Tim Greenwood wrote
> Column 3 from the Hangul file matches column 1 from the Ksc5601 file -
> is reasonable since they are both labeled 'Unified Hangul'. How does this
> relate to the Column 4 Johab, which is labeled as KSC5601-1992 ?
> Ken Lunde's book describes the byte range for Ksc5601-1992 as A1-FE for
> bytes. The range in the Unified Hangul tables is 81-FD for byte 1 and
> for byte 2.
> How does it all fit together? What are the actual codes that a Korean
> browser will emit ?
Korean Standard KS C 5601 - 1987 only included Wansung Hangul.
In 1992 Korean govenment revised it to KS C 5601 - 1992.
KS C 5601 - 1992 newly included Johab Hangul as Annex 3.
As we know, Unifiled Hangul was from Microsoft. It is MS's own
extention including Wansung Hangul that enables us to use
11,172 Hangul characters.
So, Ken's information is right partly.
The byte range for KS C 5601 - 1992 - Wansung is A1-FE for both bytes.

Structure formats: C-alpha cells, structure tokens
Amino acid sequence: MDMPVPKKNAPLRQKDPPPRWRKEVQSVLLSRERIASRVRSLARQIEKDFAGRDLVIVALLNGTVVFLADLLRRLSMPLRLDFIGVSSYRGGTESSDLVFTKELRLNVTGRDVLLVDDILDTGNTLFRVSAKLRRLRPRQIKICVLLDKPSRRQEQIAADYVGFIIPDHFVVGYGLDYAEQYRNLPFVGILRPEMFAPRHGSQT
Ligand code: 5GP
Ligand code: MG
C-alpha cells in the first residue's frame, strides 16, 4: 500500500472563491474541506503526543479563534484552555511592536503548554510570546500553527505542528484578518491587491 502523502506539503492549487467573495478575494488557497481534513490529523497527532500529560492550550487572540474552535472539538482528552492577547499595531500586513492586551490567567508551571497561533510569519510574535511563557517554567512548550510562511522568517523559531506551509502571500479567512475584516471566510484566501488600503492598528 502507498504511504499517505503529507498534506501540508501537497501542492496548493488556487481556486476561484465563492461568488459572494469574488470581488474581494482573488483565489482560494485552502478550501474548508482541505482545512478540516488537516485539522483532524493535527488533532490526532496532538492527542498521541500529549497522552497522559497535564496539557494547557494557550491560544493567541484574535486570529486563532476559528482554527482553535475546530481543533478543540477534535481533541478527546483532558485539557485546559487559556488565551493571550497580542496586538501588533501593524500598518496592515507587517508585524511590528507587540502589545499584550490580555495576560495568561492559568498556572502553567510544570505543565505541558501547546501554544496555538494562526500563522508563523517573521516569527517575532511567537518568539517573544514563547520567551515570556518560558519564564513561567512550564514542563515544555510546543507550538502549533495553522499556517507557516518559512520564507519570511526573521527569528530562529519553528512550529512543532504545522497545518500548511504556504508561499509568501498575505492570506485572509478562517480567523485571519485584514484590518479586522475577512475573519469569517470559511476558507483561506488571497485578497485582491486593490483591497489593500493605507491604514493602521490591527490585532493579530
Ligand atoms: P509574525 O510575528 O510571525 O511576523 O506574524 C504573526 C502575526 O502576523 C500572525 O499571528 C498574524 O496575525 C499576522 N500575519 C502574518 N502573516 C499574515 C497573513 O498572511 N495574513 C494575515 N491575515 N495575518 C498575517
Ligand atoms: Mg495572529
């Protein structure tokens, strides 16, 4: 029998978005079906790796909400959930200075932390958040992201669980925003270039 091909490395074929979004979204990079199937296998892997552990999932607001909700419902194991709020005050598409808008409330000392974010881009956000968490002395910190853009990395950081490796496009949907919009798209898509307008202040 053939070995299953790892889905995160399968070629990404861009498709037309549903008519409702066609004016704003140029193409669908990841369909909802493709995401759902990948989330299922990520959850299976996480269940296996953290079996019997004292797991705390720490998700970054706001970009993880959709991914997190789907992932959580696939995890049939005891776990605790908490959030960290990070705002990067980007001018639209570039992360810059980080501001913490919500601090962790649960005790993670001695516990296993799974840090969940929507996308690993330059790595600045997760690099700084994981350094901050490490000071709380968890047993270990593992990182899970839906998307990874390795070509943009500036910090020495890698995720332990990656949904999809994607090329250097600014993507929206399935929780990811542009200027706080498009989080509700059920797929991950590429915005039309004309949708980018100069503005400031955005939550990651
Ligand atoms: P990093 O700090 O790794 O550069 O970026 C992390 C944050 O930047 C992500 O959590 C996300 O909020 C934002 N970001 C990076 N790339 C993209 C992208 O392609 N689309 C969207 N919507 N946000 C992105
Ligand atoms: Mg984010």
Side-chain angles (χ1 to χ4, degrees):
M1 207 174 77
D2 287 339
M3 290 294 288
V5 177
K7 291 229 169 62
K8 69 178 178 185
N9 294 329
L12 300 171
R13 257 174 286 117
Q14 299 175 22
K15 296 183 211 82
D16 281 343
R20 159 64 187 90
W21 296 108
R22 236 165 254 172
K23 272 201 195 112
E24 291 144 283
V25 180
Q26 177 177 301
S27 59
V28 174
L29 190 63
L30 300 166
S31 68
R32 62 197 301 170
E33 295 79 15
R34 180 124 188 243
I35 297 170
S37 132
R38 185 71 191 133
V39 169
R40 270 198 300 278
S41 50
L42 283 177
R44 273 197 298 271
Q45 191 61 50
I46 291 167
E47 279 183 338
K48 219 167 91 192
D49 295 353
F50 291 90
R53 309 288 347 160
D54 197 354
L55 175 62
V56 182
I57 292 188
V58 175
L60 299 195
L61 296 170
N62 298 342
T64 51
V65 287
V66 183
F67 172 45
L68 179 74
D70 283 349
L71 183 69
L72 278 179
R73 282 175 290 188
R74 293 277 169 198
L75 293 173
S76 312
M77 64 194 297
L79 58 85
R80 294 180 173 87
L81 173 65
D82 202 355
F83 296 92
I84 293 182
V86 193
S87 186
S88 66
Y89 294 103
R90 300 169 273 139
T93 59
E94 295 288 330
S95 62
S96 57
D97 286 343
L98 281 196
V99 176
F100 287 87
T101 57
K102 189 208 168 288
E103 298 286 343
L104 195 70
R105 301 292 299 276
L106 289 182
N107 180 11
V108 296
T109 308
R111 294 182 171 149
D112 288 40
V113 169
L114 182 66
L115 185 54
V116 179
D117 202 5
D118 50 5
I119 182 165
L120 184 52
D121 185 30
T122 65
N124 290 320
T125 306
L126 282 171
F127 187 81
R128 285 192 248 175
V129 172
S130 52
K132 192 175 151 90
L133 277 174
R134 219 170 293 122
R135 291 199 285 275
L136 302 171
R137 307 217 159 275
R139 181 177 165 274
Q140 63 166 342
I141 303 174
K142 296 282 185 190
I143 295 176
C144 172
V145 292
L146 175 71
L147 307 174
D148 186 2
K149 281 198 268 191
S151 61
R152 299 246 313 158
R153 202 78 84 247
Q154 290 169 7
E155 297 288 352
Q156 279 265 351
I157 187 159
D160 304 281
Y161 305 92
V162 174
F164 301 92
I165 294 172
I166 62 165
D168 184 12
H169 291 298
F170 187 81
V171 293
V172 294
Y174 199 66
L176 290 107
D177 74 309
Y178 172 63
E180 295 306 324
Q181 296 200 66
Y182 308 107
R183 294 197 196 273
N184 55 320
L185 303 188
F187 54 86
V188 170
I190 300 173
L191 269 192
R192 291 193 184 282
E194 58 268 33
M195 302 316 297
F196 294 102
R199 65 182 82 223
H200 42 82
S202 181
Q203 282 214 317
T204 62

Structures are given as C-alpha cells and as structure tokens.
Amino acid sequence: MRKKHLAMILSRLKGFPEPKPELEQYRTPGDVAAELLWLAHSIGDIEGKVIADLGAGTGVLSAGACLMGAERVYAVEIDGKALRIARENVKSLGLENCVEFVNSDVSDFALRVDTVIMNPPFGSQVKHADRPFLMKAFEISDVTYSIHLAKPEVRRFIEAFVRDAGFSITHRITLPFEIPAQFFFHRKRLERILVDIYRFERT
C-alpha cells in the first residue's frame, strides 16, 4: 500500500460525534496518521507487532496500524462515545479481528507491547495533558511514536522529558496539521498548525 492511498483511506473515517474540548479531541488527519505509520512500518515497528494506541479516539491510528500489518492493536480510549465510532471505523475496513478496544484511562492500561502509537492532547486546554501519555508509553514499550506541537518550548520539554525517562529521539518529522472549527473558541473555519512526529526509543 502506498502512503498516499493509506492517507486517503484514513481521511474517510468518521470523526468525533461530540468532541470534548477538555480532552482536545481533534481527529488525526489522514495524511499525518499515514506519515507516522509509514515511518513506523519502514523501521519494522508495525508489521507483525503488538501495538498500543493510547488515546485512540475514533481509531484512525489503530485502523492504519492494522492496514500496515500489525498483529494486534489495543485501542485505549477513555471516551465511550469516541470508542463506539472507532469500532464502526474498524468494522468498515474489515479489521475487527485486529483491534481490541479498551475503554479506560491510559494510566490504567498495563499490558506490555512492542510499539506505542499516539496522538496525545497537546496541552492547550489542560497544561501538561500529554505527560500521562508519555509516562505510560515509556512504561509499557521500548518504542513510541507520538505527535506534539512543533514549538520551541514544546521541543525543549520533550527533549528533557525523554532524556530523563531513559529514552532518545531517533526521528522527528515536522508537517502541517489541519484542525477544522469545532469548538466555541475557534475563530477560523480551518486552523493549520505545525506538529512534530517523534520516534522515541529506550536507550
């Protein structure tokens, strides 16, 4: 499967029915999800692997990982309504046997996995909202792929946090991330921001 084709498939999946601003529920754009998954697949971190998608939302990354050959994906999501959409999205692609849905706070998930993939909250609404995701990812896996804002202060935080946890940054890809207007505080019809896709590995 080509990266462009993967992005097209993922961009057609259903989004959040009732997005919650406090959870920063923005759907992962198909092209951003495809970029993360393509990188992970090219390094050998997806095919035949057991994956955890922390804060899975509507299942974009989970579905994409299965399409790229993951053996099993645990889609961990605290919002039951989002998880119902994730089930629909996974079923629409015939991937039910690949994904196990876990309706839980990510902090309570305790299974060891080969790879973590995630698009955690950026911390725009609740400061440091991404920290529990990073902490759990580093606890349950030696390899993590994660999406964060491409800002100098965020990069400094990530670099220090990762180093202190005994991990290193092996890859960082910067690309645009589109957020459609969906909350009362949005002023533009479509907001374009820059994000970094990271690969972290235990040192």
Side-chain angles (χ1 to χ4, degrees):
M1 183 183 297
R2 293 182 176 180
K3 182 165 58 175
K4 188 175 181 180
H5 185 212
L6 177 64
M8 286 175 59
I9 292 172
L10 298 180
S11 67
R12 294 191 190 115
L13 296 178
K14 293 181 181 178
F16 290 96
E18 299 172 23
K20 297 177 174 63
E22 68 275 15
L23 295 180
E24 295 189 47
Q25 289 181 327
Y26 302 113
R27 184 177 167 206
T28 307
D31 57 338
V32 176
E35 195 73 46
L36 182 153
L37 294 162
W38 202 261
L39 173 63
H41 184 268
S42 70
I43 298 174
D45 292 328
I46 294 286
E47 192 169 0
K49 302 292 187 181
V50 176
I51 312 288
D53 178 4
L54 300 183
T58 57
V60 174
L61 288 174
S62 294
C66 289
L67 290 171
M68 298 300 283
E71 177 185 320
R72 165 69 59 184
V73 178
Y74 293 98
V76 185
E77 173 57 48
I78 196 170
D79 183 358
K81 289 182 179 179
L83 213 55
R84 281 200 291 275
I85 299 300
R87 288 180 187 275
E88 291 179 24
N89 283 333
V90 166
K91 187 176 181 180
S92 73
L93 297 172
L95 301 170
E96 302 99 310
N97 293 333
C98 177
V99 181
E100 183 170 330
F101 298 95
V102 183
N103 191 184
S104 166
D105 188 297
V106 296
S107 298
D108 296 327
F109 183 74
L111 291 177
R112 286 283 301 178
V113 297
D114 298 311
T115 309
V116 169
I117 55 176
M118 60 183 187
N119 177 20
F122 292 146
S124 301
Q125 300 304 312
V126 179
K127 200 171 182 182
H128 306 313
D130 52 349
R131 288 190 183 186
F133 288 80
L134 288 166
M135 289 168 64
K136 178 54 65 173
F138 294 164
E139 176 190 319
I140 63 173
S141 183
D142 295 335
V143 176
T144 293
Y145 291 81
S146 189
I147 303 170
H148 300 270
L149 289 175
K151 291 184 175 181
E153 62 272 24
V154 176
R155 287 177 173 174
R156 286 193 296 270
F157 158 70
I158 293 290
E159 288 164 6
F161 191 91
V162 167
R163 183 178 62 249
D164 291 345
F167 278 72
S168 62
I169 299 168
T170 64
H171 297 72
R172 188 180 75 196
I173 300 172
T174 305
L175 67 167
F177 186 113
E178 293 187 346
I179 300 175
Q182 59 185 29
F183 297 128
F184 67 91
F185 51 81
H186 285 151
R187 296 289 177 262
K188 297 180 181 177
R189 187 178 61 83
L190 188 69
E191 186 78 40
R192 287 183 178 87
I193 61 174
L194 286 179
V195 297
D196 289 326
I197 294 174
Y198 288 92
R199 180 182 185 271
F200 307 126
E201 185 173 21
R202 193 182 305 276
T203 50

But the byte range for KS C 5601 - 1992 Annex 3 - Johab is
First byte range Second byte range
Hangul: 84h - D3h 41h-7Eh, 81h-FEh
User-defined area: D8h 31h-7Eh, 91h-FEh
Etc.: D9h-DEh 31h-7Eh, 91h-FEh
Hanja: E0h-F9h 31h-7Eh, 91H-FEh
Wansung Hangul and Johab Hangul are different.
They have same characters(Hangul, Hanja, Etc.) on different
As I know, Korean Windows 95, NT is based of Unicode, and
implement Unified Hangul including Wansung Hangul on top of it, Unicode.
Seong-Woong Kim (Daniel Kim)
Computer Science graduate student
Parallel Programming Languages and Systems Laboratory
Computer Science Sogang University Seoul, Korea
To know God and to make Him known... - Worshiping Warrior
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